Sunday, October 27, 2013

Managing Dependencies for IntelliJ IDEA Plug-in Development

Probably the most painful part in developing plugins for IntelliJ IDEA is the dependency management of the libraries that your plugin might depend on. There is a multitude of problems that one may encounter:

  • IDEA binaries are not hosted publicly neither in Maven Central, JCenter, or any other repository.
  • Plugins cannot be built with the common tools like Maven or Gradle without setting up your hair on fire.

When your plugin depends on just a few external libraries, and the plugin build itself doesn't require customization, then everything is simple: put the dependencies into lib/ (or whatever) folder in the project and generate the Ant build script through Build -> Generate Ant Build... action. Simple. Well, not really simple: the generated build script will require a few JARs from IDEA by pointing to the IDEA installation directory. So the simplest thing to do in this case is to extract the full IntelliJ IDEA distribution into some directory at the machine where the continuous integration server runs.

Simple, ugly, but works. Why not to make things a bit more kosher?

In my world, any developer in the team should be able to clone the project, open it in the IDE(A), and ideally, launch the project without any additional tuning.

So what could we do in case of IntelliJ IDEA plugins projects? Store the *.iml files in VCS so that when the project is opened by another developer he would automatically have all the dependencies attached to the module? Not kosher.

For me, clearly, the dependencies should be managed by dependency management tool. Options: Maven, Ivy, Gradle. IDEA provides a very good Maven support. But not for its own plugin modules. In fact, for plugin modules I wouldn't even try to use Maven as once IDEA recognizes it as a Maven project, it will erase the information about its plugin origin.

Other options: Ivy and Gradle. Ivy is awesome. It works. There's also a nice plugin for IDEA that will automatically import the dependencies if it locates ivy.xml in the project directory. In that case you could still use the autogenerated Ant build script - just alter it a bit so that it would make a call to ivy task to get the dependencies and incorporate 'em into the build classpath.

Sounds a bit too hardcore to me. There's a high chance that the project import will not be as smooth as you would like it to be. Especially if the project structure isn't very trivial.

Gradle to the rescue!

Gradle is awesome when it comes to non-trivial project structures. Its Ant-like flexibility along with nice Groovy syntax and all the Maven-like goodies is just awesome!

First of all, managing dependencies is very easy. For instance:

  repositories {

  dependencies {
    compile('org.zeroturnaround:jr-sdk:5.4.1') {
        transitive = false
    compile 'org.ow2.asm:asm-all:4.1'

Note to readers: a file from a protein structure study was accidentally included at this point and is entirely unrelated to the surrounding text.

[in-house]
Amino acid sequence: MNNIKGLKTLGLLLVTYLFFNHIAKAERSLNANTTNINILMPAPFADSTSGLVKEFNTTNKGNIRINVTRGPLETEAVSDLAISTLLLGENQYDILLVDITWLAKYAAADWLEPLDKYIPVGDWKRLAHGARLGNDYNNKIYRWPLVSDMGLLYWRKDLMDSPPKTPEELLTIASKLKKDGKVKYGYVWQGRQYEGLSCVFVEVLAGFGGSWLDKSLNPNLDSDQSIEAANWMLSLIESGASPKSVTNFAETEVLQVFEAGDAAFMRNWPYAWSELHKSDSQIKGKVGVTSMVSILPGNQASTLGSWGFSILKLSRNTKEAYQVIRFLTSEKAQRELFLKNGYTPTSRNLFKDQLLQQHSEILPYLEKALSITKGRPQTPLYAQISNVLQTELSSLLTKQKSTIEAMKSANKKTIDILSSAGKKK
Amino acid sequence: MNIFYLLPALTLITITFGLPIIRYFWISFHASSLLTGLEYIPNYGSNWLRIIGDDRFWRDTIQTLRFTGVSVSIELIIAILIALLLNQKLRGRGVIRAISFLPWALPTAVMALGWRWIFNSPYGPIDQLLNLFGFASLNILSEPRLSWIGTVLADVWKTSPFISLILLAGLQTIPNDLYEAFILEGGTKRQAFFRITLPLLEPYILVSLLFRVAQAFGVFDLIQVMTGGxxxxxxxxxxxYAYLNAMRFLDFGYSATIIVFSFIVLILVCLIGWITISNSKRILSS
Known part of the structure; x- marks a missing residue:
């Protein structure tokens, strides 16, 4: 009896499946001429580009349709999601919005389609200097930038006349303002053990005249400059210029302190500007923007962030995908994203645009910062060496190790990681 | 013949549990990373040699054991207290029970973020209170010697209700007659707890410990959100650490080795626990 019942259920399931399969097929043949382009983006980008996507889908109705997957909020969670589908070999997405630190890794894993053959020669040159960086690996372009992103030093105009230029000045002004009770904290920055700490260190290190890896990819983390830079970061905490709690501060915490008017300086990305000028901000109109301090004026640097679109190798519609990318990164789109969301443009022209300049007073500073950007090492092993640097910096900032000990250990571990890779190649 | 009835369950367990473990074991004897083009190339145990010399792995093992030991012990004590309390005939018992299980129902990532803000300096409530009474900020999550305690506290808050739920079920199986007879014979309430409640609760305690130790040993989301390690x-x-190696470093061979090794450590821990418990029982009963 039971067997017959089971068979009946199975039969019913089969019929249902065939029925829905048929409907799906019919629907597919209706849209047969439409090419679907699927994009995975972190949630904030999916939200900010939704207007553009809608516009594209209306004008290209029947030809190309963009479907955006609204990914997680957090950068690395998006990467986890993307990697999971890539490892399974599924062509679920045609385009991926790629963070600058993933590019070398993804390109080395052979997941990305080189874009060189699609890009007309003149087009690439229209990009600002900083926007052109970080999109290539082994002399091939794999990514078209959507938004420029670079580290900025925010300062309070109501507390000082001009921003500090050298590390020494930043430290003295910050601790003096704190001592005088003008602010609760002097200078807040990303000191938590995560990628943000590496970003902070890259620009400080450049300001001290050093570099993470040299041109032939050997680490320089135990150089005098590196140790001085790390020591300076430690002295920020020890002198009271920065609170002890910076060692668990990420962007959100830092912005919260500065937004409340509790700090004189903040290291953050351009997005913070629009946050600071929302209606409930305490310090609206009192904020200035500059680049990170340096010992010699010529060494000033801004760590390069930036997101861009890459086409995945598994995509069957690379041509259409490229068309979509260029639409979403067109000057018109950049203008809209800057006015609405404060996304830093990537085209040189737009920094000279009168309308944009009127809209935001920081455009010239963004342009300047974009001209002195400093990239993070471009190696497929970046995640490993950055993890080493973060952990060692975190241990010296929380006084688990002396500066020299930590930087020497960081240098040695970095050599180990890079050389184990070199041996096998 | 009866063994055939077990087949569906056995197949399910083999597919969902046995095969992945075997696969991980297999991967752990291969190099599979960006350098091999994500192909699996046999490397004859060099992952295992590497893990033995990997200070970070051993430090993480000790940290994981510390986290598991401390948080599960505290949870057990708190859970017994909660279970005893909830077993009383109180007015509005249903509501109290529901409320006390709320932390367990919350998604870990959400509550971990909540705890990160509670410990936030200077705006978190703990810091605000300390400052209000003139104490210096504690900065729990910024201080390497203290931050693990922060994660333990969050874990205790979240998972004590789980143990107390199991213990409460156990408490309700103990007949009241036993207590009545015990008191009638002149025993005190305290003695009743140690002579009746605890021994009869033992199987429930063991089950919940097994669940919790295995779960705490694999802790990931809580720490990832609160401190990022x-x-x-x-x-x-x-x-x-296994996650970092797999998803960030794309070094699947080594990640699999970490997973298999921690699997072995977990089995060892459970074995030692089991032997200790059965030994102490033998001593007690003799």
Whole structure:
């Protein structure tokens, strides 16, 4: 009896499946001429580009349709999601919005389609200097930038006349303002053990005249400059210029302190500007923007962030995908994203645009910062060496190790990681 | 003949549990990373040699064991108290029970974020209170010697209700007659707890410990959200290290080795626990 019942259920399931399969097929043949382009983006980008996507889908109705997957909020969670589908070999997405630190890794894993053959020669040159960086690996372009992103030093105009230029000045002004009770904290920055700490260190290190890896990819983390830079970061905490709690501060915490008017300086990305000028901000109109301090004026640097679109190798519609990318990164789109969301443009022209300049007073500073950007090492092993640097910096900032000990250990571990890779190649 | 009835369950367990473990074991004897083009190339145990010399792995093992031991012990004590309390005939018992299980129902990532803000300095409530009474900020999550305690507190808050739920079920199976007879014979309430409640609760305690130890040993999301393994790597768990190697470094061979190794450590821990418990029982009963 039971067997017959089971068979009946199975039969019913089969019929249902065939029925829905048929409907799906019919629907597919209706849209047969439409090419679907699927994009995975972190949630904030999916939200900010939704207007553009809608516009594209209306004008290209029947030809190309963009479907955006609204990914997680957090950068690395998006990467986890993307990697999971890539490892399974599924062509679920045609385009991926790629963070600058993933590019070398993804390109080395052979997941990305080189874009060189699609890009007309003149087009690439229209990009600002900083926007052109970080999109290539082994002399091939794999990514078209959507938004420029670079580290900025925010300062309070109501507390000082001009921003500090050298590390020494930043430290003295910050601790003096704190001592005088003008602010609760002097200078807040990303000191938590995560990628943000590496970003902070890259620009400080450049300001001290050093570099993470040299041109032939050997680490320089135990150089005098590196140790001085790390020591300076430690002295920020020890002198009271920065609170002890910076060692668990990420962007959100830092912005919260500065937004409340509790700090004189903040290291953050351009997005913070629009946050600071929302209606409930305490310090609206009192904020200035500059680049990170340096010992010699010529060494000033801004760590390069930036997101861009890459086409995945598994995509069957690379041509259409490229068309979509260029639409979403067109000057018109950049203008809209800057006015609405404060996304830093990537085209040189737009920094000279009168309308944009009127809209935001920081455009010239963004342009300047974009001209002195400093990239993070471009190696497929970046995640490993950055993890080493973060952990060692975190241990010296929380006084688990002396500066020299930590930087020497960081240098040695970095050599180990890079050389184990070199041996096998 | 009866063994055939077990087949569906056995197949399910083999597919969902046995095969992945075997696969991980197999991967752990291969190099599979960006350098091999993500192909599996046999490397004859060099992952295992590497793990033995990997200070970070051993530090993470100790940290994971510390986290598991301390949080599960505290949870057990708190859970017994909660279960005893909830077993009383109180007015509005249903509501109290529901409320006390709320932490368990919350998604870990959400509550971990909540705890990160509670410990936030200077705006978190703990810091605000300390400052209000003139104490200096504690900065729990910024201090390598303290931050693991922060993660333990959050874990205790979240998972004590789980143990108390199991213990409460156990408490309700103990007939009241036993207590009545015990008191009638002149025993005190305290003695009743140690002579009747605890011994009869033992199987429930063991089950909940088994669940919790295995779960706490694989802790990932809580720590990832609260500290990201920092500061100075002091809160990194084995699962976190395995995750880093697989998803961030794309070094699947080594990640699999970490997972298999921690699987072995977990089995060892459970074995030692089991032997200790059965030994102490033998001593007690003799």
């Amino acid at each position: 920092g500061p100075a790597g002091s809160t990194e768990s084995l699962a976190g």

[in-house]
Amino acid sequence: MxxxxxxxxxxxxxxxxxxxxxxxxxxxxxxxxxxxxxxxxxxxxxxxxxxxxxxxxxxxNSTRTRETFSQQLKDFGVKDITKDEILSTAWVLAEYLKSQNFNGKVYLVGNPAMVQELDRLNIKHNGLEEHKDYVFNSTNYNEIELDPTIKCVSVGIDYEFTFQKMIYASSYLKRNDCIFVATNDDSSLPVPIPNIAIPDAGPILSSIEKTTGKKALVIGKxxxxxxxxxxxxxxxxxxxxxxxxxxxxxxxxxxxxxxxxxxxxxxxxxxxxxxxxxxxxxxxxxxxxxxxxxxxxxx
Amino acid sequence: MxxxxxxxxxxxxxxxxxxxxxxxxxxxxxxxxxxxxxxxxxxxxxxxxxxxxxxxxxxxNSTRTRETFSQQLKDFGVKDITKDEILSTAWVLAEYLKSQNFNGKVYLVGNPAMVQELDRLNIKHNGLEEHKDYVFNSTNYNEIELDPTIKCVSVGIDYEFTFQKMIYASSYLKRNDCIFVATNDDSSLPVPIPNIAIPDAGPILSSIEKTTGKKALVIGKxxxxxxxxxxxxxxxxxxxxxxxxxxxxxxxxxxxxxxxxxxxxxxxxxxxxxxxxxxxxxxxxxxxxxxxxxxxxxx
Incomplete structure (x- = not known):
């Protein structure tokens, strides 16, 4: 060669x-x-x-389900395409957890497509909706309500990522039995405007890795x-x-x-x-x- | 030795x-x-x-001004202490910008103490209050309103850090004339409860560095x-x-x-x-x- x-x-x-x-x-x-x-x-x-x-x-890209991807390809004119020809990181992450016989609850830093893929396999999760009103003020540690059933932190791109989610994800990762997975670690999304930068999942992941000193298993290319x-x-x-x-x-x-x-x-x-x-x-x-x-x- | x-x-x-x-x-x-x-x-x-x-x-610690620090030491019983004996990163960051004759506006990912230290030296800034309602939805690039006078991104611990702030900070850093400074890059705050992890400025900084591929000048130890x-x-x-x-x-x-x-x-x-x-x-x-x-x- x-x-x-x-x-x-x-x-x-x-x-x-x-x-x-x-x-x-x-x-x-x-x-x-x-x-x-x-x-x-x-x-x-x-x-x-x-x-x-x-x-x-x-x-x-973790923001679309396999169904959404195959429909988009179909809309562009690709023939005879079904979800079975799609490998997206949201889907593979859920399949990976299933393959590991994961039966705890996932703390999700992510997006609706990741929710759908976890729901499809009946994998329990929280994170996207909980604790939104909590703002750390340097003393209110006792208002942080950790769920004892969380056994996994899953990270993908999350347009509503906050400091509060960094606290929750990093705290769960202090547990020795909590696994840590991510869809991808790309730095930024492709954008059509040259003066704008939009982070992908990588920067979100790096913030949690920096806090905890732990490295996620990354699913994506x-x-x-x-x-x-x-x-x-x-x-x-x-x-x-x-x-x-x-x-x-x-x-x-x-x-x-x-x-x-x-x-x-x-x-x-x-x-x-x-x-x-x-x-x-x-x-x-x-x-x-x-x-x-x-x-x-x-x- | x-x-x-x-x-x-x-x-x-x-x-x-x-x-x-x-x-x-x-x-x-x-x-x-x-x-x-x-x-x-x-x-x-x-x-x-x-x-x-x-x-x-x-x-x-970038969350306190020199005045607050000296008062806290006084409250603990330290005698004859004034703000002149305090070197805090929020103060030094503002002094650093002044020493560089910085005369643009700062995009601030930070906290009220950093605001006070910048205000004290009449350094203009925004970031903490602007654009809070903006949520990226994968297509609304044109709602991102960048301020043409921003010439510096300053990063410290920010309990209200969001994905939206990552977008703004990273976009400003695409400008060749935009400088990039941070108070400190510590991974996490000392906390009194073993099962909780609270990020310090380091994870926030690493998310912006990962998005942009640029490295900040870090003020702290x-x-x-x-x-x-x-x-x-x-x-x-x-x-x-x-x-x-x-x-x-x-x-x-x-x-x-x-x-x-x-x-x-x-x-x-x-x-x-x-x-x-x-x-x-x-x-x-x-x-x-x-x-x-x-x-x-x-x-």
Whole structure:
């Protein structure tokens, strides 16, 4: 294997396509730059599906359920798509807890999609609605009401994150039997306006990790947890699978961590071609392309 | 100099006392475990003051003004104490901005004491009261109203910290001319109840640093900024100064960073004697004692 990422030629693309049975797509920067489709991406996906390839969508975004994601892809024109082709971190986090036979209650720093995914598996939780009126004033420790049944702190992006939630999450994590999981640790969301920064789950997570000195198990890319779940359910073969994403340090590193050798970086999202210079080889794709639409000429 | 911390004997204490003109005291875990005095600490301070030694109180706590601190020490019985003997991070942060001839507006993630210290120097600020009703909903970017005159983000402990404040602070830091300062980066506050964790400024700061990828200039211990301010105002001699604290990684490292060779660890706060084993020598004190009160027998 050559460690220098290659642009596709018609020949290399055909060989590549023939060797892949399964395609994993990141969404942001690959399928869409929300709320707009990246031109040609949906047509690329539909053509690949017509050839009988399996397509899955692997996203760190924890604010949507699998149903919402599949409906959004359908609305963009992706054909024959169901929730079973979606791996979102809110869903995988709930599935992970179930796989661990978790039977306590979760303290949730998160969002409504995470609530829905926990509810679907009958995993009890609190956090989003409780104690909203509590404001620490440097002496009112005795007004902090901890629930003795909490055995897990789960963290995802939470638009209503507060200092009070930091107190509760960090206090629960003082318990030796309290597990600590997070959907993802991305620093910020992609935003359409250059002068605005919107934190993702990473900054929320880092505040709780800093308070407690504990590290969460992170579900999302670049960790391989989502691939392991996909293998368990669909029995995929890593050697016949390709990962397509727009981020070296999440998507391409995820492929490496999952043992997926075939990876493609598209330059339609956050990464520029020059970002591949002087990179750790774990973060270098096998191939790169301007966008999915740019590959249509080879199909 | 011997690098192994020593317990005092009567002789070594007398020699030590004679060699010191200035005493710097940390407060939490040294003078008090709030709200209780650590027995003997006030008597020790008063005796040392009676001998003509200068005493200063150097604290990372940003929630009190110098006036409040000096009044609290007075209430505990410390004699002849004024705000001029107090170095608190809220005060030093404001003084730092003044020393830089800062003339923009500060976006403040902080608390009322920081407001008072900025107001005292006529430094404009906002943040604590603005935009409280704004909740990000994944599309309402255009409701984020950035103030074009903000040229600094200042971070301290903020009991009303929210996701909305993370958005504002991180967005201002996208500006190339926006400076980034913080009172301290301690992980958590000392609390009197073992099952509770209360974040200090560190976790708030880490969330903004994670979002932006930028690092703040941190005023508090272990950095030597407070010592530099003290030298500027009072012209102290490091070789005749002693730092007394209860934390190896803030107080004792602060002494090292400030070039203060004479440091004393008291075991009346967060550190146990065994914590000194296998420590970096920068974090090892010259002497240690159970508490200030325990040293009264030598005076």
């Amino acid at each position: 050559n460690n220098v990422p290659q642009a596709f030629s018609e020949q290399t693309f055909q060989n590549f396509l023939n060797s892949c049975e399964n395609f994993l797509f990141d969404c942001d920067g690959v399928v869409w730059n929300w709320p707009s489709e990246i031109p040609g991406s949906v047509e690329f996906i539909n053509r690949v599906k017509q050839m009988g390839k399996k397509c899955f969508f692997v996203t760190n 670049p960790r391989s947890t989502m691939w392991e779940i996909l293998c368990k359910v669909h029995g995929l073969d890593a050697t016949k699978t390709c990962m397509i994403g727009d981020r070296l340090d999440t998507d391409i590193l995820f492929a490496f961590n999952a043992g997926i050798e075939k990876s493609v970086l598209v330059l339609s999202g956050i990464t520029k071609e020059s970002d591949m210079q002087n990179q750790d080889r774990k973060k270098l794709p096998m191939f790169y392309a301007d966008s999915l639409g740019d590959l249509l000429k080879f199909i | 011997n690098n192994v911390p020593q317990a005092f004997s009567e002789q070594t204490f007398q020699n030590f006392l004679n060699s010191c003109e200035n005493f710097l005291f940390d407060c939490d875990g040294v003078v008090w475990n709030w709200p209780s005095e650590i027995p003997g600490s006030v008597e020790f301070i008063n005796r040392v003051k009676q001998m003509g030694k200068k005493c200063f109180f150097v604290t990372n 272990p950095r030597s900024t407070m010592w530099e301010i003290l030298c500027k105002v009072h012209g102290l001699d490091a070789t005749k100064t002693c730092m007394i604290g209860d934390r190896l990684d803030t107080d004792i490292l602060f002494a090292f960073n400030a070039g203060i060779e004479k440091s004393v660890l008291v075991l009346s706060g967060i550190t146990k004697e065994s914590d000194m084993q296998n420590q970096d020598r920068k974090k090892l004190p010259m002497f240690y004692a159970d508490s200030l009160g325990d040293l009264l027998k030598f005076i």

compile 'org.slf4j:slf4j-nop:1.6.3'
    compile 'org.apache.commons:commons-compress:1.2'

The little cool part is that JetGradle (in IDEA 12) would also automatically resolve and add the dependencies into the project.

This is cool but it is not enough. First of all, JetGradle cannot import the project as an IDEA plugin module. Secondly, there's no JetGradle in IDEA 13 as Gradle integration is getting a major overhaul. OK, back to the drawing board.

There's an 'idea' plugin for Gradle, how cool is that?

Just run gradle idea and it will generate the project files, incorporating the references to the required dependencies. Good. But the generated module type is a Java module. And I need Plugin module. Have no fear, Gradle's here! We can easily customize the build script to adjust the XML project descriptor to our requirements.
  apply plugin: "idea"

  repositories { ... }
  dependencies { ... }

  idea.project.ipr {
    beforeMerged { project ->

  idea.module.iml {
    withXml {
      it.node.@type = "PLUGIN_MODULE"

The withXml hook makes the magic here - instead of the auto-generated 'JAVA_MODULE' the final descriptor will contain 'PLUGIN_MODULE' which will make IDEA think that the module is an IntelliJ IDEA plugin.

Only little problem that bothered me: the generated project descriptor is an *.ipr file that is kind of deprecated. It would have been much better if the plugin generated a directory based project metadata. The feature request was filed long ago but still isn't resolved.

After experimenting with the project descriptors for a bit, I actually found a simple workaround for this minor annoyance. The .idea directory structure requires only modules.xml file that is identical to the *.ipr file that idea plugin generates. So I could just use this simple task to create directory based structure:

  task setup {
     dependsOn ideaModule, ideaProject
     doLast {
       copy {
          from '.'
          into '.idea/'
          include '*.ipr'
          rename { "modules.xml" }
       project.delete "${}.ipr"
[hate mode="on"]Just writing delete "*.ipr" would not work. That's annoying.[hate mode="off"]

So now I could just execute gradle setup and it would generate the directory based project structure, with the correct references to the required dependencies and I could import the project into IDEA without any hassle.

This is all good. However, this is not the end of the story! There's more to do and more issues to resolve:

  • Get the required IDEA internal artifacts to a local repository, so that these dependencies could also be downloaded via Gradle dependency manager.
  • Migrate auto-generated Ant build script into Gradle script.
  • Adopt the Gradle script to be able to manage the releases of the plugin.

However, [hate mode="on"]none of this hassle would be needed if IntelliJ IDEA provided a sane way of building the plugins and managing the dependencies.[hate mode="off"]

Disqus for Code Impossible